On a similar note, i just had a conversation with a friend of mine about a list of top five punk bands the other day. We could agree on (in no specific order) The Misfits, The Ramones, The Clash, and Social Distortion. He insists on The Sex Pistols as belonging on the list, which I think they contributed more to a popular image of punk than anything else. I would prefer to give the remaining spot to Operation Ivy for their influence on punk and ska that continues to this day and for the influence of what would later on come from the formation of Rancid from two of the members and the influence that Tim Armstrong has had through the formation of Hellcat Records.
What's the criteria for judging this?
I would say all of the examples you and your friend agreed upon fall pretty squarely within the pop/ punk formula (early Social D.-prior to Mommy's Little Monster
- and the later, thrashier Misfits stuff notwithstanding) so I think this is narrowing the field a bit. Punk was diverse enough to include bands falling outside of this form. So I would concede that early Ramones were important for this form and The Clash were pretty important too, as one of the first (way before Op. Ivy!) to showcase country, dub and ska influence in punk. The others, though popular, I think were less influential as innovators. If we are speaking in terms of influence and innovation, I would say unquestionably The Stooges, particularly Raw Power
- era, for their influence on what would become the early N.Y. and U.K. punk movements a few years hence. It's awfully hard to narrow down to five but I suppose my list might go something like this:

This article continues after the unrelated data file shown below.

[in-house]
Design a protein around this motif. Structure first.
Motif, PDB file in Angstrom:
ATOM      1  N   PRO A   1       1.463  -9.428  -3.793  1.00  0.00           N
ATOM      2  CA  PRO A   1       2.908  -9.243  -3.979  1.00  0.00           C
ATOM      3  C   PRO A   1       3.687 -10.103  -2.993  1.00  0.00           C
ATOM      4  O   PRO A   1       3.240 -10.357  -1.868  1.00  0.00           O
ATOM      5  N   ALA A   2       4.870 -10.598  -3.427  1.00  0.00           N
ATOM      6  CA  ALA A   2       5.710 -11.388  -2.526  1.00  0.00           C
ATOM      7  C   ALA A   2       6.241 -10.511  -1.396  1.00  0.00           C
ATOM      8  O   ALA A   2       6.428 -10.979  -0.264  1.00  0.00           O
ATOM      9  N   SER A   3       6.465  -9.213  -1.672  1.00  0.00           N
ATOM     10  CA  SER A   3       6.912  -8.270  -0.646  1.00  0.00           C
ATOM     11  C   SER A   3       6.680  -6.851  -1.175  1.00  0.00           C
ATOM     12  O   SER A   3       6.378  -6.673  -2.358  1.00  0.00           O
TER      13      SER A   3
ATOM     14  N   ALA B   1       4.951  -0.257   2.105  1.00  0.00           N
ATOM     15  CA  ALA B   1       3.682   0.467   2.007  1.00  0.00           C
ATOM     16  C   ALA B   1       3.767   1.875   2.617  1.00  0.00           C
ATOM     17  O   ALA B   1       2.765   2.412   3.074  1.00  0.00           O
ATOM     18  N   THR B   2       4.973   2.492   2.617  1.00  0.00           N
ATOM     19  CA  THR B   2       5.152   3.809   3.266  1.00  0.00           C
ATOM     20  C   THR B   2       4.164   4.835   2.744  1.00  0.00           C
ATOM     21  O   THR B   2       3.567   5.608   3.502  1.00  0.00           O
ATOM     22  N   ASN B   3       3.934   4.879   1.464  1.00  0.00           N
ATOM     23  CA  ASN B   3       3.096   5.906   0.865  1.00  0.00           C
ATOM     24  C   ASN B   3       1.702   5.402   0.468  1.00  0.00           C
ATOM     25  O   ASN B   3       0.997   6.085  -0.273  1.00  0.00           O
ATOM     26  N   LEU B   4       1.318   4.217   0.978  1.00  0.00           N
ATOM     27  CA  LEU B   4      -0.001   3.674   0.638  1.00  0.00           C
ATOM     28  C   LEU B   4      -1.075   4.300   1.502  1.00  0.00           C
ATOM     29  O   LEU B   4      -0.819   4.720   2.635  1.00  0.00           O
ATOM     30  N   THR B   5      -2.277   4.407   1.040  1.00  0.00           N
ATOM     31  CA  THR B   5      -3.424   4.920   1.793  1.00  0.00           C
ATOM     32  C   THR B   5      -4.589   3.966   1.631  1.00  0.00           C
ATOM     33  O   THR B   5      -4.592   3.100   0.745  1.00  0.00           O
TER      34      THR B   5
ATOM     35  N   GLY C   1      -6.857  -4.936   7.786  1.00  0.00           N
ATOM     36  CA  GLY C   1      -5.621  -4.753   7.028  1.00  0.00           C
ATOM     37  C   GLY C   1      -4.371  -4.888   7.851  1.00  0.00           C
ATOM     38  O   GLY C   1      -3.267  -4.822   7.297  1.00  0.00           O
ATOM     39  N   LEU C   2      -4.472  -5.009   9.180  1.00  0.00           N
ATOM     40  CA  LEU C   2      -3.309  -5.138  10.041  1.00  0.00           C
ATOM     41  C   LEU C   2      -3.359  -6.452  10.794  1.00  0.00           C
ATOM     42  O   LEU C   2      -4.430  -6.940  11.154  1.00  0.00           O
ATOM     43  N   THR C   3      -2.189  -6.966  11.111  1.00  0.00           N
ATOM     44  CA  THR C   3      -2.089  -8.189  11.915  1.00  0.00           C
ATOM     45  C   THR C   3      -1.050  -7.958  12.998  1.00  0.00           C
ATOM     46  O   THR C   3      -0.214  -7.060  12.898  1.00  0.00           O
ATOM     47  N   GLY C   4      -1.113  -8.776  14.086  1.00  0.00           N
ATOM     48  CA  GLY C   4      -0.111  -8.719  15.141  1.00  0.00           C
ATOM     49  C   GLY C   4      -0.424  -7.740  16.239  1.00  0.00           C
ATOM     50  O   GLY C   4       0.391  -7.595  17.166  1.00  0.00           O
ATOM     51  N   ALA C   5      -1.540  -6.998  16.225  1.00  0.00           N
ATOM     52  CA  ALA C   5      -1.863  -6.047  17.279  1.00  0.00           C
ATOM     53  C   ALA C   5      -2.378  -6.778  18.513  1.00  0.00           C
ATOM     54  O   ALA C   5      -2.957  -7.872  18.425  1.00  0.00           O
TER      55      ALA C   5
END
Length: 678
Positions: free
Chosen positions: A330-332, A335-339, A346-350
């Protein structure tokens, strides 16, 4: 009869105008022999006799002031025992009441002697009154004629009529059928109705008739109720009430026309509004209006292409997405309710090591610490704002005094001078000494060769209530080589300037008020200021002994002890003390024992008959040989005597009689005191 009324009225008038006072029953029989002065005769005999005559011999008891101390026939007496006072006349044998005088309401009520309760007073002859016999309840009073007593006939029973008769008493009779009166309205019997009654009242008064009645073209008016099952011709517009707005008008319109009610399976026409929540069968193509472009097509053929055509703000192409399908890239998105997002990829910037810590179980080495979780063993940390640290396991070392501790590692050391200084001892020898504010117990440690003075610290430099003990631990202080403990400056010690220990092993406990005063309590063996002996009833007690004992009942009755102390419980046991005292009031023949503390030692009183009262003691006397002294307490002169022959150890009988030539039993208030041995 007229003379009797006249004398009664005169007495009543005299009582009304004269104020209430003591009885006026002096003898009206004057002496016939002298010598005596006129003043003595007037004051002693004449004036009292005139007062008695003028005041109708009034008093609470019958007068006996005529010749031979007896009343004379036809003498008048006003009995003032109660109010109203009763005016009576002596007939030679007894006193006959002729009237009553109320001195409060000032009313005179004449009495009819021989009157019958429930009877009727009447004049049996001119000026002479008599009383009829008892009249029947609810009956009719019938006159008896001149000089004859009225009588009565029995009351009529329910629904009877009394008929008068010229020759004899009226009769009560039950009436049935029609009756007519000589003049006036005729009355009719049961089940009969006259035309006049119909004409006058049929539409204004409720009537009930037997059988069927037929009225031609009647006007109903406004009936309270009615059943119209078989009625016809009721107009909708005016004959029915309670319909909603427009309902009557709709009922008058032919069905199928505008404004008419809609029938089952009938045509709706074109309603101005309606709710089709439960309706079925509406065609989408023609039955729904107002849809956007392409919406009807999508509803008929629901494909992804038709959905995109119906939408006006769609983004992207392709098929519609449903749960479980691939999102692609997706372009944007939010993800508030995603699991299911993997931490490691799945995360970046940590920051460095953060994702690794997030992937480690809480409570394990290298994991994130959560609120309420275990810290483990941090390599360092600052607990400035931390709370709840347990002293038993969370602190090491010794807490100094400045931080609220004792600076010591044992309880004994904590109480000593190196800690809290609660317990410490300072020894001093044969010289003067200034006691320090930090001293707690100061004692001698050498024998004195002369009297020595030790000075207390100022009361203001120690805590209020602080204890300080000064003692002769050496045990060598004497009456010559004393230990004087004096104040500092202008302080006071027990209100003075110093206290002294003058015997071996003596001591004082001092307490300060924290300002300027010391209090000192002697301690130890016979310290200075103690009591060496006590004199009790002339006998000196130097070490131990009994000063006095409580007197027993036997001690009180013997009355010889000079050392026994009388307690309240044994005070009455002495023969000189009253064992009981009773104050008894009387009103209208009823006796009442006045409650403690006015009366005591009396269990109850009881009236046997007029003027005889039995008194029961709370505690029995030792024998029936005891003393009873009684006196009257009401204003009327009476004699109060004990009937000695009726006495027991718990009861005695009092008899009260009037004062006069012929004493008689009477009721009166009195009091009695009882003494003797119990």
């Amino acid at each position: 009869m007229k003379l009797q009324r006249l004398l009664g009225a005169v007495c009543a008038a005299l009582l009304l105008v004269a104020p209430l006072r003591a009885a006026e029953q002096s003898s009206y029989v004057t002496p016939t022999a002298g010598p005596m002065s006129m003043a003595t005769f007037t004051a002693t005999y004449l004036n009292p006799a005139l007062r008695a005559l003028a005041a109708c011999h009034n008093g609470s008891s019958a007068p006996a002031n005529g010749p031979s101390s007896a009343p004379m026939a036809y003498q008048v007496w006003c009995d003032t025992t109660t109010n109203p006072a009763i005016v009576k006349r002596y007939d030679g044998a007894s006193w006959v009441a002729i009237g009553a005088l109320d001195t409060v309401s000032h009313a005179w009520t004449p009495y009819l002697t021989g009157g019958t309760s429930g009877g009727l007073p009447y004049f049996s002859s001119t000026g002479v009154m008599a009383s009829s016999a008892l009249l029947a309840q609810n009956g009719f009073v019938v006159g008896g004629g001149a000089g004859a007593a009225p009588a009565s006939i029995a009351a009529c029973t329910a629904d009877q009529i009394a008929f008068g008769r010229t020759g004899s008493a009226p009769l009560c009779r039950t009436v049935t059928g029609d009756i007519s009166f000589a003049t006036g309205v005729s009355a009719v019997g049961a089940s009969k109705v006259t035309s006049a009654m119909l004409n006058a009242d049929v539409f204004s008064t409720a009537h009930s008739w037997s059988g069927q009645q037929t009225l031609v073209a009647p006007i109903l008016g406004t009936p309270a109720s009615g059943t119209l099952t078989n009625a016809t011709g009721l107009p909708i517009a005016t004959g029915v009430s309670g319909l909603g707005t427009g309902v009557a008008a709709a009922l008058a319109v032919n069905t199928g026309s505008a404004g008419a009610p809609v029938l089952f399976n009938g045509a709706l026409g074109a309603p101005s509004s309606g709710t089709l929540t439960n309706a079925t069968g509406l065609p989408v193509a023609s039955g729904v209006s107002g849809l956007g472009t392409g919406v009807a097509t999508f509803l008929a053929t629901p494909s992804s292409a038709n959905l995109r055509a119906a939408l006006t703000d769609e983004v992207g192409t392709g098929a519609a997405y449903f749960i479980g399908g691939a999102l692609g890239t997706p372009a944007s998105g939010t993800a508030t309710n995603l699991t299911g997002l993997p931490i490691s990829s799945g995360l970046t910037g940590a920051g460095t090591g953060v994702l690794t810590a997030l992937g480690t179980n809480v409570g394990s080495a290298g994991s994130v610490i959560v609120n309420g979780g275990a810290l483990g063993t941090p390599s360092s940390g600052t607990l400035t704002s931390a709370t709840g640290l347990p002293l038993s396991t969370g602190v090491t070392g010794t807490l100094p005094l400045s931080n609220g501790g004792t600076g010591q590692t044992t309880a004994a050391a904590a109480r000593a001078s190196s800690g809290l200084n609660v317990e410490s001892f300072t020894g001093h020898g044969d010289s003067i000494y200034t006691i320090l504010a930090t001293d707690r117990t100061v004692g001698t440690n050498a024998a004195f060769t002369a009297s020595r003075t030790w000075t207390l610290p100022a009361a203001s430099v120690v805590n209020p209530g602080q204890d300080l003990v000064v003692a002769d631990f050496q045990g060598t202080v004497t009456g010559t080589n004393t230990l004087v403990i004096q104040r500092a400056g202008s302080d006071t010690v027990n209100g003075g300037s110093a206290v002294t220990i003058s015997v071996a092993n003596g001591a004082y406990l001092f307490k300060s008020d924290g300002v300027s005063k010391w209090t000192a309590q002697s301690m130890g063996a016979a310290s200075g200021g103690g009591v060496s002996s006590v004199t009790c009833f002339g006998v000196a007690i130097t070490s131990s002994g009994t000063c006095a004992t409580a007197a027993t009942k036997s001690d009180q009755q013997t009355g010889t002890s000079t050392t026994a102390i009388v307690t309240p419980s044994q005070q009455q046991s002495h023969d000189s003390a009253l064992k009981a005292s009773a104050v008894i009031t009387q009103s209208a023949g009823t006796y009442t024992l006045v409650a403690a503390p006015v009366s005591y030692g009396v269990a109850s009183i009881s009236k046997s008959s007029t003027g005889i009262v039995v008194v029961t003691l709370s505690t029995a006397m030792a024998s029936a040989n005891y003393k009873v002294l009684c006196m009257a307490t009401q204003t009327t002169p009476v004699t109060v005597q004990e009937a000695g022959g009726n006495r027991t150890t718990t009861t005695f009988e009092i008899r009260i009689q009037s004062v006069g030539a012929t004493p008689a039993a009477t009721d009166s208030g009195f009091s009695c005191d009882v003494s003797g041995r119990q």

1. (Iggy & The) Stooges (Raw Power
, 1973, in particular, as mentioned above)
2. Pere Ubu (first two singles from 1975... for their influence on later, artier punk and post-punk bands mostly. Joy Division were hugely influenced, as were Wire and Johnny Rotten- esp. pertaining to his work in P.I.L., and Mission of Burma- see below- to mention but a few.)
3. Black Flag (Pre- Henry era right up to Damaged
, 1981, for their influence on the first wave of hardcore punk, and for basically giving birth to the form as we know it- Middle Class' first single, Weirdos 'Solitary Confinement', and Crime 'Hot Wire My Heart' notwithstanding.)
4. Discharge (early singles (1980) and Why?
, 1981, for the huge influence on what would become known as the Crust, Grindcore, and Thrash genres... Amebix, Siege, Napalm Death, Septic Death, etc... heck, even Metallica, all list them as a key influence.)
5. Mission of Burma (Signals, Calls & Marches
EP: 1981, VS.
LP: 1982, for melding art-punk/post-punk, hardcore and early new wave ala
Television. Their influence on artists as diverse as Husker Du, Dinosaur Jr., Sonic Youth, Fugazi, Unwound, early R.E.M. they helped spawn the 'indie rock' genre and what came to be known as 'emo-core', though not what passes as 'emo' now, which is a-historical, polished, dilletantish rubbish)
Like I say, hard to narrow down. But, FWIW, my subjective enumeration of a tentative top five. Velvet Underground- first album and White Light/White Heat
- and first Ramones record should probably be here too, which would bring it to seven.